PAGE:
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UK Africa Policy after Labour - ESRC Seminar Series

Seminar 2

Development Policy in a Context of Austerity & Coalition

13 May 2014, University of Birmingham

About the Seminar

This was the second seminar in an ESRC-funded series of events (2013-16) on UK Africa Policy after Labour. The event examined UK development relationships with Africa, exploring Labour's legacy, the impact of coalition government initiatives and questioning the role and importance of development in current and future UK-Africa relations. Questions considered included: what role do aid and development play in identities of UK political parties? What tensions emerge from 'new' coalition approaches to international development, including: the emphasis on 'value for money', demand for proof of measurable UK aid impacts, and the decision to devote significant UK aid to fragile states? How has the coalition sought to resolve these and with what success/implications?

PDF Executive Summary
PDF Seminar Programme

Blog by series team member Dr Steve Hurt

About the speakers

Professor Myles Wickstead, Open University
'Defining moments in UK Africa relations? The creation of DFID and the Commission for Africa'

Myles coordinated the 1997 White Paper 'Eliminating World Poverty: A Challenge for the 21st Century' and was Head of Secretariat to the Commission for Africa from 2004 to 2005. His presentation drew upon these experiences, amongst others, to explore UK Africa relations across a range of critical moments, including the role played by the UK in the Commission for Africa and the impact of the creation of DFID. The presentation can be heard here.

Kirsty McNeill, Themba HQ
'Idealism or Interests: What really drove Labour's Africa policy?'

Kirsty is a former Special Advisor to Gordon Brown. Drawing on her experiences working in policy and advising campaign organisations in international development she presented an overview of the rationale for the focus on Africa which developed during the periods of UK Labour government from 1997-2010. Her presentation concludes with reflections on the place of Africa in coalition policy and where Africa fits into Labour Party identity and politics during its time in opposition. The presentation can be heard here.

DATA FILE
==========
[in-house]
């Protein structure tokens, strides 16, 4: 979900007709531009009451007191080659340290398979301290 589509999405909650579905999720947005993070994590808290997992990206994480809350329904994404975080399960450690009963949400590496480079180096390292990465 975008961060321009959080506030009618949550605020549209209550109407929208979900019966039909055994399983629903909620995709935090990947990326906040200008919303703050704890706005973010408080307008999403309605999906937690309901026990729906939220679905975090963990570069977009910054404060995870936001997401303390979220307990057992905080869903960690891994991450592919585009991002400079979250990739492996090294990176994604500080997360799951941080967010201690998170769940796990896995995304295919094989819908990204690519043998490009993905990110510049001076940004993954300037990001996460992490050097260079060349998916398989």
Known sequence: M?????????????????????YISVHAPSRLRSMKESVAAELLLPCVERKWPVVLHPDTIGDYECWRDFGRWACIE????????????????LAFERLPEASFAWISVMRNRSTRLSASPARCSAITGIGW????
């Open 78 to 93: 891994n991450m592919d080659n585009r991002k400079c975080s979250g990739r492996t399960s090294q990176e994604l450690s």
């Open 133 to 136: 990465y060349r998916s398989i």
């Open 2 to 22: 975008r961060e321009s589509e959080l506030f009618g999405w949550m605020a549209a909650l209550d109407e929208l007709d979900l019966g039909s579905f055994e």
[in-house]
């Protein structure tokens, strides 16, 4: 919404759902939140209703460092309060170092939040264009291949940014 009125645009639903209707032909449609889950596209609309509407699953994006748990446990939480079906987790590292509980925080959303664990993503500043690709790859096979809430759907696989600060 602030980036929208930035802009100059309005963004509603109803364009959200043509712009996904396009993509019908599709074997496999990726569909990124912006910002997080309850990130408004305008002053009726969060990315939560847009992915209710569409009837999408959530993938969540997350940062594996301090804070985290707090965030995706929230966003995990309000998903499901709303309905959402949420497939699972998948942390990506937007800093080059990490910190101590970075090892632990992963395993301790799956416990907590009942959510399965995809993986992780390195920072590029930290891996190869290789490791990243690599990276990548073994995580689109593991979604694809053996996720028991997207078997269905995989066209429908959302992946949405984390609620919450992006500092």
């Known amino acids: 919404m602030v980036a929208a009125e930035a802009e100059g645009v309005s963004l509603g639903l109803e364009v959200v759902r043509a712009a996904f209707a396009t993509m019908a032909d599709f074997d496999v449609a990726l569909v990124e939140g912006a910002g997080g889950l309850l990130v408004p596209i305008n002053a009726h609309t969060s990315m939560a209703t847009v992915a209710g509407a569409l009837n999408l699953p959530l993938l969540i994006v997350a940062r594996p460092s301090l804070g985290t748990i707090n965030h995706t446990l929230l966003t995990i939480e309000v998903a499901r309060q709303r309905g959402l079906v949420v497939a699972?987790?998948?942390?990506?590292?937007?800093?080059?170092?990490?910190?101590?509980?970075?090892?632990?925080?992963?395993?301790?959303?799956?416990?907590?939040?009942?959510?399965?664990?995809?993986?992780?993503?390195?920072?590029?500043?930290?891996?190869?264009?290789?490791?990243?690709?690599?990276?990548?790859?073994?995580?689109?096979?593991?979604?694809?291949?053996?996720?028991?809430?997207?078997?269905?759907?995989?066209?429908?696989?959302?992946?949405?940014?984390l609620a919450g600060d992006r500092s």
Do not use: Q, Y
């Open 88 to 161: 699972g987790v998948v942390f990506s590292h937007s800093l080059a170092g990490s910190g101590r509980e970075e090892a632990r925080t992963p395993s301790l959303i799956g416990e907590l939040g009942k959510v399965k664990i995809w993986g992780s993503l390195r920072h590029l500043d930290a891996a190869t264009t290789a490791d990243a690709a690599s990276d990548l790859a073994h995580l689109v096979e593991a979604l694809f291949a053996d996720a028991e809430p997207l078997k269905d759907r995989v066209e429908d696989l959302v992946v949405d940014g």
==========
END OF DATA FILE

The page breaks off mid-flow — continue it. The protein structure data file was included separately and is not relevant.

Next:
Donna Arrondelle, University College London (PhD candidate)
'Constructing UK International Development Policy: Representations in Public Engagement with Global Poverty'

Donna presented preliminary findings from her PhD research, which focuses on the ways that development is constructed as a policy problem. Through an analysis of news articles, policy documents and interviews she considered the understandings of development held by the British public and the extent to which public support exists for international development. The presentation is available here.

Meera Sabaratnam, School of Oriental and African Studies
'Flags, Hashtags and Value for Money: Development Aid under the Coalition'

Meera's presentation identified and mapped out seven key drivers of UK development policy. She also critically explored the mechanisms for managing UK aid which have been developed under the coalition administration since 2010. The presentation concluded with a discussion of the implications of these changes for public understandings of aid and for UK development advocacy on an international stage. You can hear the presentation here.

Jonathan Glennie, Overseas Development Institute
'Towards a new narrative on aid and international development in the UK'

Jonathan's presentation put forward the case for new directions in UK Africa relations. He argued that African states should be seeking to reduce the aid they receive from donor states such as the UK, and that the UK public understanding of aid and of Africa remains shallow due to the ways these are portrayed by the Labour and Conservative parties. A Youtube video of Jonathan Glennie's presentation can be found here and the transcript can be downloaded here.

BISA Africa and International Studies Working Group